I just got back from a League of Woman Voters' debate between Jason Freilinger and Patti Milne, candidates for a Marion County Board of Commissioners position. In my utterly biased opinion, Freilinger won by a mile.
Maybe even a light year. Why?
Because he didn't shy away from tough questions like Milne did. Milne is a professional politician seeking a third term in office. Freilinger has a business degree and works in the private sector, where problems have to be tackled head-on or you don't succeed in the long run.
I said that I was utterly biased because I am. Before the debate I favored Freilinger, since our neighborhood in rural south Salem has reaped the nasty consequences of Milne's flawed land use decision-making. To know more, click here.
Nothing I saw at the debate altered my feeling that Freilinger is by far the better candidate. Here's some examples of how he out-debated Milne.
Cost-cutting. When asked what changes or cuts she would make to current county programs, Milne talked in vague generalities -- no specifics. Freilinger, on the other hand, made a detailed proposal: to cut the cost of the Board of Commissioners' office.
The current commissioners have raised their salaries by $21,000 in the past twelve years, much faster than private sector wages have risen. Plus, they've added three highly paid "personal policy advisors" to the payroll, a luxury other large Oregon counties have been able to do without.
When elected, Freilinger will propose a 20% pay cut for elected and senior officials. That's a bold statement which will resonate with cash-strapped taxpayers who are tired of seeing Marion County government waste property tax revenues.
Which brings us to...
Courthouse Square. Each candidate was asked how this debacle could have been prevented, and what steps they would take moving forward. Milne correctly said that in the late 1990's she opposed the $34 million Courthouse Square, where county offices and a Salem transit mall were located until construction defects were discovered that rendered the block unusable.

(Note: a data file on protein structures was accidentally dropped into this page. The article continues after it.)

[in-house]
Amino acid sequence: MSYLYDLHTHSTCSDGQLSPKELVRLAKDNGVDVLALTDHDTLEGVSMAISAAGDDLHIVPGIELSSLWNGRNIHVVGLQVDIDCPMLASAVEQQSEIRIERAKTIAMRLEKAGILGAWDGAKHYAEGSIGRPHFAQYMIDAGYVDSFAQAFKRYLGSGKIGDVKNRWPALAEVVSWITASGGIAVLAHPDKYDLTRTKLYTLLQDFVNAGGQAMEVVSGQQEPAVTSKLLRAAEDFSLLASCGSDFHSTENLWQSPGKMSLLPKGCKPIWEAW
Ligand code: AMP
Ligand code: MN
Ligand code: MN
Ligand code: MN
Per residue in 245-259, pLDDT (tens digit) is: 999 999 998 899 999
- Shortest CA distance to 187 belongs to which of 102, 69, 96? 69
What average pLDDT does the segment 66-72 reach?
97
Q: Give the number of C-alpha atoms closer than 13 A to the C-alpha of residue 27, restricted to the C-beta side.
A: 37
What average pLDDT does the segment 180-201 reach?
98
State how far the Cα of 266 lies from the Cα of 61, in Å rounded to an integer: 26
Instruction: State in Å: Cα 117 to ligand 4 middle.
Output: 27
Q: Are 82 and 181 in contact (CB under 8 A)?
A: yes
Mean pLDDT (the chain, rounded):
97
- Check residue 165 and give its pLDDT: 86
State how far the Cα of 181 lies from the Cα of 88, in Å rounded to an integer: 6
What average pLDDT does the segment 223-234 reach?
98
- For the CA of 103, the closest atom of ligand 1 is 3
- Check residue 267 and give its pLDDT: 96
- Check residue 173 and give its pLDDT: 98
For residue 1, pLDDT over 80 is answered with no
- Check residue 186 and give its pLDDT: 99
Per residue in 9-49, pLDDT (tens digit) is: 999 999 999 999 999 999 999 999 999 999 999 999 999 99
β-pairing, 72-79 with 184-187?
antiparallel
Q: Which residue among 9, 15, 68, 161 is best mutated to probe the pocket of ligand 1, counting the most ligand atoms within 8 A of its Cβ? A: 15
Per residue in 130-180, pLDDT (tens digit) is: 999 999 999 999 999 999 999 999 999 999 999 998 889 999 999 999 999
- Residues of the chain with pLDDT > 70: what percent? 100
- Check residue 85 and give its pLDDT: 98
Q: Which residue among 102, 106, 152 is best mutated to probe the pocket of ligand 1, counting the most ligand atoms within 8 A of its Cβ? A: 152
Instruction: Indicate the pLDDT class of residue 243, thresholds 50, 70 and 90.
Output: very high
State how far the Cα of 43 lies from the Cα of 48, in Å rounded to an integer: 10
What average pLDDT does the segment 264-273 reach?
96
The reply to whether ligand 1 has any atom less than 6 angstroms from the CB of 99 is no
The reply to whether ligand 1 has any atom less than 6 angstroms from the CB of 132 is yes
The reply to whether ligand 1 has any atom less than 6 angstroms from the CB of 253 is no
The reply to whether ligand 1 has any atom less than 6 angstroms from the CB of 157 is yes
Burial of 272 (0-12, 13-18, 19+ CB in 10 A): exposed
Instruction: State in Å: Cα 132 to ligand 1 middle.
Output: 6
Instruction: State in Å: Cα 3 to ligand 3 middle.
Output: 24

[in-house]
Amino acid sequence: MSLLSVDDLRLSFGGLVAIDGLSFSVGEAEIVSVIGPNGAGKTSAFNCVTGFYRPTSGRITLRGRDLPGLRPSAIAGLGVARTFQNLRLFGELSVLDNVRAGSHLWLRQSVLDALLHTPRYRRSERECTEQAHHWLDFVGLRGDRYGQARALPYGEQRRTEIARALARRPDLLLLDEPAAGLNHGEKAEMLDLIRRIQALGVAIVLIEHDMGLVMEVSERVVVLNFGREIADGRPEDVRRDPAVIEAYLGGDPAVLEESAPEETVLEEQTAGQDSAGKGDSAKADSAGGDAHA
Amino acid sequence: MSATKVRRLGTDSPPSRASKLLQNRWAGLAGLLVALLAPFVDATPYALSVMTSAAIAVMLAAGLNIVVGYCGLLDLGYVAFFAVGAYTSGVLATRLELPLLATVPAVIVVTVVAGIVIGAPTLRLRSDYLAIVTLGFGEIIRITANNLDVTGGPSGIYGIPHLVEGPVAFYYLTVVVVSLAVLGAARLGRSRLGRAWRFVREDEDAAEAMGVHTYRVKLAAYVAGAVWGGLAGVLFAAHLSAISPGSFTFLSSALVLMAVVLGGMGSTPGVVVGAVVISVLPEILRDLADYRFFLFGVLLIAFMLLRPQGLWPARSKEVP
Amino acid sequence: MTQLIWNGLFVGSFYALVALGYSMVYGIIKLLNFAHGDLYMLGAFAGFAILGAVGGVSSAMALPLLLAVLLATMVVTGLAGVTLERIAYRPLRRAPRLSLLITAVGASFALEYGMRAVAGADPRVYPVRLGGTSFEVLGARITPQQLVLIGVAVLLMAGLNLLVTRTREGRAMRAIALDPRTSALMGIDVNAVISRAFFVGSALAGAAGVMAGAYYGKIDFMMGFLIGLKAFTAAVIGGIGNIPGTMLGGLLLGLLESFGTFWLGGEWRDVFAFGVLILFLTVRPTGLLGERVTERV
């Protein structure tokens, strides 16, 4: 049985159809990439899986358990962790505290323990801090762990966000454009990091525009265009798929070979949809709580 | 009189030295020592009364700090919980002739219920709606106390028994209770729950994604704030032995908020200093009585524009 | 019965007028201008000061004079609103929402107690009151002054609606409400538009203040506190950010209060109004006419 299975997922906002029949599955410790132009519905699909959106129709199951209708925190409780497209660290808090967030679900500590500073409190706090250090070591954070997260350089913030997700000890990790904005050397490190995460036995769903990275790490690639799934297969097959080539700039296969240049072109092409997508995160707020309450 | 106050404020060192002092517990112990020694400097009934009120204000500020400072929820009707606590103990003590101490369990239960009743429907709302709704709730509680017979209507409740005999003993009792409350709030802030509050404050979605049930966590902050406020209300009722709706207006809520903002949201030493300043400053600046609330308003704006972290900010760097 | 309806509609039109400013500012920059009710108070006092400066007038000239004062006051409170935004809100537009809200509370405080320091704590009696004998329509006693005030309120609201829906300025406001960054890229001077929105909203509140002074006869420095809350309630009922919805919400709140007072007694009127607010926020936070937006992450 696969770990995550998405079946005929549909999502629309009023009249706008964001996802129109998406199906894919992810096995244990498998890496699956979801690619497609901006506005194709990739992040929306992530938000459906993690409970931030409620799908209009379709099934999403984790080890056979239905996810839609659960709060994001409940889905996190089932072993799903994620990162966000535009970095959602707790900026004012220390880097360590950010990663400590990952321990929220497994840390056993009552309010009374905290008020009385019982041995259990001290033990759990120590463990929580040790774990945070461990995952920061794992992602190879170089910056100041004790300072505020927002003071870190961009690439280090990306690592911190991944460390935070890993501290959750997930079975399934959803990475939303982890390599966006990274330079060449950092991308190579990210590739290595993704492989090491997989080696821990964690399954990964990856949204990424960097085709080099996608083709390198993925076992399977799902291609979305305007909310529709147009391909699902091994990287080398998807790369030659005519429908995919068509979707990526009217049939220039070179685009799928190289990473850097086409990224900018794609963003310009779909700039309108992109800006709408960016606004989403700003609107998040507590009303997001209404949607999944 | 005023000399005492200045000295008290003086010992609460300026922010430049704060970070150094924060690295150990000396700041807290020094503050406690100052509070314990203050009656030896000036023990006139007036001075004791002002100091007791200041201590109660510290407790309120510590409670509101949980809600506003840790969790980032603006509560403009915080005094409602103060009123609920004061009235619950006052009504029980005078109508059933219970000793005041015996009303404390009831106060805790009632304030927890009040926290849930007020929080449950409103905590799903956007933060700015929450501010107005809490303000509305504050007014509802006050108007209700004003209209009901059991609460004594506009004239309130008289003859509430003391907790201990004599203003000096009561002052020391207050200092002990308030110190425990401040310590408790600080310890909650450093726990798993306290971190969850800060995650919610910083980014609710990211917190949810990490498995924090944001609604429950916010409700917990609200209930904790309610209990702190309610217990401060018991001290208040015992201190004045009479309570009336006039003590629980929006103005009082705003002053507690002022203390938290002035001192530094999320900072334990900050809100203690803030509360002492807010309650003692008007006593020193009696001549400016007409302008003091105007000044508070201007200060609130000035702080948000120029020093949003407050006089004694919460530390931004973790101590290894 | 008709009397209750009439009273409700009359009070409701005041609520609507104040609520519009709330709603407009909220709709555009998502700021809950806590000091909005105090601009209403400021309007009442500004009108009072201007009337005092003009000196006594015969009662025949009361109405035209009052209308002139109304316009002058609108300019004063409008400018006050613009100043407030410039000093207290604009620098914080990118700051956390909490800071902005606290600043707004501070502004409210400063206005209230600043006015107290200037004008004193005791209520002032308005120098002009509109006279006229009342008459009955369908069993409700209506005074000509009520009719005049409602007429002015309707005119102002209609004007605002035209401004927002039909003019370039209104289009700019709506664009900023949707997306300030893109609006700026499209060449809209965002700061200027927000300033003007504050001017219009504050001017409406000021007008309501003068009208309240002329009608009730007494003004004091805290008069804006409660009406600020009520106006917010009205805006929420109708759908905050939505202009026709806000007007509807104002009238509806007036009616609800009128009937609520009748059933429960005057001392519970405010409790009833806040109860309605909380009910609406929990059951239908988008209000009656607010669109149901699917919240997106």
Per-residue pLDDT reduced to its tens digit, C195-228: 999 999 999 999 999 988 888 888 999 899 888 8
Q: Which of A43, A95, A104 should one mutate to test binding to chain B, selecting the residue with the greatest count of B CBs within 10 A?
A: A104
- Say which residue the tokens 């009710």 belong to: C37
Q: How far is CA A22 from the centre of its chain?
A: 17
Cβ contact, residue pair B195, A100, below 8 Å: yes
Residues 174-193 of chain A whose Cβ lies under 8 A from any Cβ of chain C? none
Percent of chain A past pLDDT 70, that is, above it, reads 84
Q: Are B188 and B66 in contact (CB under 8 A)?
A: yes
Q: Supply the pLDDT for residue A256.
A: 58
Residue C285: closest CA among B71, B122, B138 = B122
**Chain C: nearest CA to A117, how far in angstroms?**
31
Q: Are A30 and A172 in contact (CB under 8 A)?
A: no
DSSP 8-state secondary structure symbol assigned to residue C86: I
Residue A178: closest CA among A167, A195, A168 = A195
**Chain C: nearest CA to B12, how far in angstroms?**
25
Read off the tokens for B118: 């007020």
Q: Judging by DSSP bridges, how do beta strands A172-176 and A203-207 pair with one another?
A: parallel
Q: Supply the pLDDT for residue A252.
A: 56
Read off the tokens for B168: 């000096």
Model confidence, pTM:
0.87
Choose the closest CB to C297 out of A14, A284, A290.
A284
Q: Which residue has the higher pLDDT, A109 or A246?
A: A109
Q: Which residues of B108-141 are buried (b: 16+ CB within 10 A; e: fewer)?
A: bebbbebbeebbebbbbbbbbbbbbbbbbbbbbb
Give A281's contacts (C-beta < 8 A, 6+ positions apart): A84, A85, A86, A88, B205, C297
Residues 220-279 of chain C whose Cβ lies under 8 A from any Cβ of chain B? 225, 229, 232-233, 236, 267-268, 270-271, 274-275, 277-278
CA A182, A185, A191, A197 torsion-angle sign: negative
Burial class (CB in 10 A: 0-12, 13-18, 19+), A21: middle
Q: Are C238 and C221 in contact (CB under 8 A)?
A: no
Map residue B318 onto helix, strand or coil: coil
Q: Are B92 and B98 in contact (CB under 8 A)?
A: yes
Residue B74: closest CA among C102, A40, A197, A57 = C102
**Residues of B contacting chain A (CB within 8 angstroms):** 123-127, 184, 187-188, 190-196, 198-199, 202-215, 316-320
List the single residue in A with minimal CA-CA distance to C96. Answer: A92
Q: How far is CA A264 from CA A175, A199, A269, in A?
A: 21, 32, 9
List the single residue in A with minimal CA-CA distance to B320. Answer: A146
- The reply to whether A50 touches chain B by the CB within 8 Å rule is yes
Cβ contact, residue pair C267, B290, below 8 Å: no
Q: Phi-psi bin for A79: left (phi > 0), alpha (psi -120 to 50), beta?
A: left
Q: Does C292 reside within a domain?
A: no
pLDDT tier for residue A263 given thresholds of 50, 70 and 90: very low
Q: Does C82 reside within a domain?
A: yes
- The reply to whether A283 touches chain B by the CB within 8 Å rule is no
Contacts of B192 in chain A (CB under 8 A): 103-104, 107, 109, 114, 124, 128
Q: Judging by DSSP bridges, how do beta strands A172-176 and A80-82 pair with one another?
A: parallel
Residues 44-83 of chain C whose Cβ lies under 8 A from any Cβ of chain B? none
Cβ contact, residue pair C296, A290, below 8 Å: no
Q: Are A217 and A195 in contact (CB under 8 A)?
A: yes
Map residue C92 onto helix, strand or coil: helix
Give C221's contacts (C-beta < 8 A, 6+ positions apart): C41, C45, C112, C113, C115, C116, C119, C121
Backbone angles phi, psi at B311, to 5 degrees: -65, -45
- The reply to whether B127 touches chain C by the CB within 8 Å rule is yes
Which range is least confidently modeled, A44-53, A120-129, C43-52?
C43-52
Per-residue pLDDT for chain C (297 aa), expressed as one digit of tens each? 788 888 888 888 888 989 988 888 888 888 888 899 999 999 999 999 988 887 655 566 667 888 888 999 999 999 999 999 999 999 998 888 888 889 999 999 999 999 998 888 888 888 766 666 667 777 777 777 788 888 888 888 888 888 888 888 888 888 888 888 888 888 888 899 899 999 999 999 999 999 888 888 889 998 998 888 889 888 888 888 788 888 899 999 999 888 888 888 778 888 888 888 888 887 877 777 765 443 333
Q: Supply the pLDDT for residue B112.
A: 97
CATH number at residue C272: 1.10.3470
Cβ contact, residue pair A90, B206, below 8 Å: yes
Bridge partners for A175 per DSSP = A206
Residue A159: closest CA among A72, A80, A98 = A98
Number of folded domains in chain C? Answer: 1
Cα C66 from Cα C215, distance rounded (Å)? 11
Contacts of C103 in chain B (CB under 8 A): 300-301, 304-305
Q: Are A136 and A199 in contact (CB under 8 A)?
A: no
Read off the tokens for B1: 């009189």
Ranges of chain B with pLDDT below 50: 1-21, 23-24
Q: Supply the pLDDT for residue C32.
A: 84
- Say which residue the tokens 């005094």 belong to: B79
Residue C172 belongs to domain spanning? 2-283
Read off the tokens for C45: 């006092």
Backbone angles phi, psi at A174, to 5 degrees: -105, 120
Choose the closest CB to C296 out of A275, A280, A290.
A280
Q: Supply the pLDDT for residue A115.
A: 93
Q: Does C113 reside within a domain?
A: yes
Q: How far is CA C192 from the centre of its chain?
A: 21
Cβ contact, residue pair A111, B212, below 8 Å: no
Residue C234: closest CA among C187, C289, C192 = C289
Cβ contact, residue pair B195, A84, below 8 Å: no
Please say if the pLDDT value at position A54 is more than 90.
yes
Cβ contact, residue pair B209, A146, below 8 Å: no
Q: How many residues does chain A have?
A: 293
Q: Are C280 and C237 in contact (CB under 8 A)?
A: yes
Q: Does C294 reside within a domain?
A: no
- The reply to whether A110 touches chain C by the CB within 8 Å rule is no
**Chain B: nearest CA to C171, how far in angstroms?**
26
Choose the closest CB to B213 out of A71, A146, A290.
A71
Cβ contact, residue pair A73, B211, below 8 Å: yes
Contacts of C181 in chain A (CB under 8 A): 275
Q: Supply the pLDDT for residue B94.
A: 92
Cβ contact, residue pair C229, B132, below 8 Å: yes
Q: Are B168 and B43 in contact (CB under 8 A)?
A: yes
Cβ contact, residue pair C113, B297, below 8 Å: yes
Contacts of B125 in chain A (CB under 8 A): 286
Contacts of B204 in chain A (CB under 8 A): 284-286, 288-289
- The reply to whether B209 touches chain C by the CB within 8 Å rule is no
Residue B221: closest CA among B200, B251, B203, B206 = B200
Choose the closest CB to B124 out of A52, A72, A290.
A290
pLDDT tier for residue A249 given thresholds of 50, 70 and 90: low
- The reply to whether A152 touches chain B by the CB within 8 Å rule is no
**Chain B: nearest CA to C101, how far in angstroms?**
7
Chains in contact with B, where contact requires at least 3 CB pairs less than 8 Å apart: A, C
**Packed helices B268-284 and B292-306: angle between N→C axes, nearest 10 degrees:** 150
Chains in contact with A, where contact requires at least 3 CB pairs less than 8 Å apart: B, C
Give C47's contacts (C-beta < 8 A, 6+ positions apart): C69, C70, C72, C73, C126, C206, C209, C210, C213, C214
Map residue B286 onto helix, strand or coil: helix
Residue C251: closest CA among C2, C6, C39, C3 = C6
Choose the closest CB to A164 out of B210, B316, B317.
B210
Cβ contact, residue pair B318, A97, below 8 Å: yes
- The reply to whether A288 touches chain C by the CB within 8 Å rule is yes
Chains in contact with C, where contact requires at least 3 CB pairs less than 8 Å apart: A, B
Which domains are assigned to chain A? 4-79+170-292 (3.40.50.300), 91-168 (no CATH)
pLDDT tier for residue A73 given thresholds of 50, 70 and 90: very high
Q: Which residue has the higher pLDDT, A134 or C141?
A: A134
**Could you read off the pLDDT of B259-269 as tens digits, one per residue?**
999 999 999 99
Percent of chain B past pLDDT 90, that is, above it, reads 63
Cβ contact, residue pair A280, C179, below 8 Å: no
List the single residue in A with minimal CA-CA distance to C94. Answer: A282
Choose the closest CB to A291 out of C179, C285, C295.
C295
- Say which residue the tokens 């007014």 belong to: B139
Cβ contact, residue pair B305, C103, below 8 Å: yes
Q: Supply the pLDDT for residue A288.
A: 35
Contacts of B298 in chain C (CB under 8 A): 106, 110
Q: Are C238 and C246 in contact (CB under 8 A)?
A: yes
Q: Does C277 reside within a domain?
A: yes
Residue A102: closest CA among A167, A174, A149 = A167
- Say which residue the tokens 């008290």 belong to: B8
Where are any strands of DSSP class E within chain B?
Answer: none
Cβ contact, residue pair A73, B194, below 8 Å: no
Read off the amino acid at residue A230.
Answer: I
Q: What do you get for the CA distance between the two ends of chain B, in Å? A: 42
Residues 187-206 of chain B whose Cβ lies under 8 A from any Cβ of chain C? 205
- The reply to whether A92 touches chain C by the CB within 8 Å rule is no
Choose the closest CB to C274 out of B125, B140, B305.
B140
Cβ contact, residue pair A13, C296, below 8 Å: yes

But she side-stepped the fact that she was a county commissioner both at the time Courthouse Square was being completed, and also during the eight years (2002-2010) defects in the building were becoming apparent. Again, Freilinger was much more direct and specific about how taxpayer dollars could have been saved.
He said there was no independent inspection of Courthouse Square as it was being built, because Milne and the other commissioners prevented this from happening. Then problems with the building were ignored until they became super-serious. Now Courthouse Square may be a complete $34 million loss.
Yet Milne voted to settle with architects and contractors for $1.8 million this past April, conveniently choosing to not tell voters about the comparatively small settlement until after the May primary election. When asked why citizens weren't immediately told about the settlement, Milne had... (take a guess) no answer.
She just said "there was no attempt to hide anything." She didn't disagree that facts were hidden. I guess Milne thinks that the "no attempt" is supposed to make voters feel better about not having facts about Courthouse Square revealed in a timely and transparent manner.